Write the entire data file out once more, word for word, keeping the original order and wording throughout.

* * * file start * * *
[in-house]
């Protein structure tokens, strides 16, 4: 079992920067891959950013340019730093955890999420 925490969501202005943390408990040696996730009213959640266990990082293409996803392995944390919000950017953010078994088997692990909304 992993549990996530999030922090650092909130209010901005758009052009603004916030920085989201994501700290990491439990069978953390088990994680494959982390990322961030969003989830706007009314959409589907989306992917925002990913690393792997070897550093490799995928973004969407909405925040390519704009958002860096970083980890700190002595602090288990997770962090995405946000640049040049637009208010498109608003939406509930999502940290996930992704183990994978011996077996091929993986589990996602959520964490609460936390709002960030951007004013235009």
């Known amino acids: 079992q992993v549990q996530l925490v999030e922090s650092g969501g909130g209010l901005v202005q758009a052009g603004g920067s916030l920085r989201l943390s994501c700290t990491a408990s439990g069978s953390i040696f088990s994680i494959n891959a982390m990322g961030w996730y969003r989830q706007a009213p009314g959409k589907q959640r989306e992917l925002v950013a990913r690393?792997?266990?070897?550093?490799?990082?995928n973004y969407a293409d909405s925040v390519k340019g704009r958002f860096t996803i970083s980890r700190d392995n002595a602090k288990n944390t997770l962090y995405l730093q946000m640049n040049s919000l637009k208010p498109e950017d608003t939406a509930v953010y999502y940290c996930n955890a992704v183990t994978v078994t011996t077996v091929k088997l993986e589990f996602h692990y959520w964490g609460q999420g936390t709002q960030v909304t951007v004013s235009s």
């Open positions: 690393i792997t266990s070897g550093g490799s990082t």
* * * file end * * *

[in-house]
């Protein structure tokens, strides 16, 4: 079992920067891959950013340019730093955890999420 925490969501202005943390408990040696996730009213959640266990990082293409996803392995944390919000950017953010078994088997692990909304 992993549990996530999030922090650092909130209010901005758009052009603004916030920085989201994501700290990491439990069978953390088990994680494959982390990322961030969003989830706007009314959409589907989306992917925002990913690393792997070897550093490799995928973004969407909405925040390519704009958002860096970083980890700190002595602090288990997770962090995405946000640049040049637009208010498109608003939406509930999502940290996930992704183990994978011996077996091929993986589990996602959520964490609460936390709002960030951007004013235009």
């Known amino acids: 079992q992993v549990q996530l925490v999030e922090s650092g969501g909130g209010l901005v202005q758009a052009g603004g920067s916030l920085r989201l943390s994501c700290t990491a408990s439990g069978s953390i040696f088990s994680i494959n891959a982390m990322g961030w996730y969003r989830q706007a009213p009314g959409k589907q959640r989306e992917l925002v950013a990913r690393?792997?266990?070897?550093?490799?990082?995928n973004y969407a293409d909405s925040v390519k340019g704009r958002f860096t996803i970083s980890r700190d392995n002595a602090k288990n944390t997770l962090y995405l730093q946000m640049n040049s919000l637009k208010p498109e950017d608003t939406a509930v953010y999502y940290c996930n955890a992704v183990t994978v078994t011996t077996v091929k088997l993986e589990f996602h692990y959520w964490g609460q999420g936390t709002q960030v909304t951007v004013s235009s």
């Open positions: 690393i792997t266990s070897g550093g490799s990082t």